Damaged coastal defence structures along Hayling Island are set to be removed from Wednesday 1 July.
The decision to remove the forty-year-old timber revetments was made following severe storm damage in 2019 and 2020. The 140m wooden structure is now beyond repair, despite receiving regular maintenance.
The beach area, in front of the wooden structures, will be closed to the public whilst the removal of revetments is underway. A section of car park will be taken over as a temporary compound for the council’s contractor. Footpath diversion routes will also be established for access to and from Gunner Point.
Councillor Leah Turner, Cabinet lead for Coastal Communities said; “These structures have now come to the end of their life. Following their removal it is expected the waterline will change as the beach adjusts back to its natural contours. The council will continue to monitor and analyse beach levels at West Beach to better understand the natural process and evolution.”
A 50m length of the coastal defence will remain to the west of Inn on the Beach, together with the groynes in the sea.
The work will take place between 7am and 7pm weekdays only. Operating around tide times, work is expected to be completed within four weeks.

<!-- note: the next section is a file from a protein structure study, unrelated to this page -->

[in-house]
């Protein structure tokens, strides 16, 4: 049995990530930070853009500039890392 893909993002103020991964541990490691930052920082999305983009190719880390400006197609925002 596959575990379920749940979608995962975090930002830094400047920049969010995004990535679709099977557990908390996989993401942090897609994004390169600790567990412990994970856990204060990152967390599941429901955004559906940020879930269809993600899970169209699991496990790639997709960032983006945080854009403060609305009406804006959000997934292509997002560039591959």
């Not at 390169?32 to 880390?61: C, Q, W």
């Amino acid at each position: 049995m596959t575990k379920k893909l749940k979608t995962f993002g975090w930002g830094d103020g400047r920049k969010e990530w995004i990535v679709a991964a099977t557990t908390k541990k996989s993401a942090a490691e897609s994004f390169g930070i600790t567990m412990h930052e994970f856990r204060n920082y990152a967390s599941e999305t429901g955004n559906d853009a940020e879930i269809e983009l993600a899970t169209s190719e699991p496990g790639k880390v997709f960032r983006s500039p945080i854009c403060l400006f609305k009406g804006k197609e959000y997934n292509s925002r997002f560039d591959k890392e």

For more information please visit www.escp.org.uk
The coastal management policy varies along the south coast of Hayling Island; from a Hold the Line Policy at the east and central areas of the Island where risk is greatest, to ‘natural evolution’ at West Beach and Gunner Point. The decisions taken by the Council regarding this policy, determine whether structures are maintained or removed when they reach the end of their serviceable life.
The Eastern Solent Coastal Partnership (ESCP) is a partnership between Fareham Borough Council, Gosport Borough Council, Havant Borough Council and Portsmouth City Council. The partnership has combined coastal engineers from each authority into one team to manage 162km of coastline across the eastern Solent.
The aim of the ESCP is to reduce the risks of coastal flooding and erosion to people, and the developed and natural environments, and to encourage the provision of technically, economically and environmentally sound defence measures to protect more than 40,000 homes and businesses within the area over the next 100 years.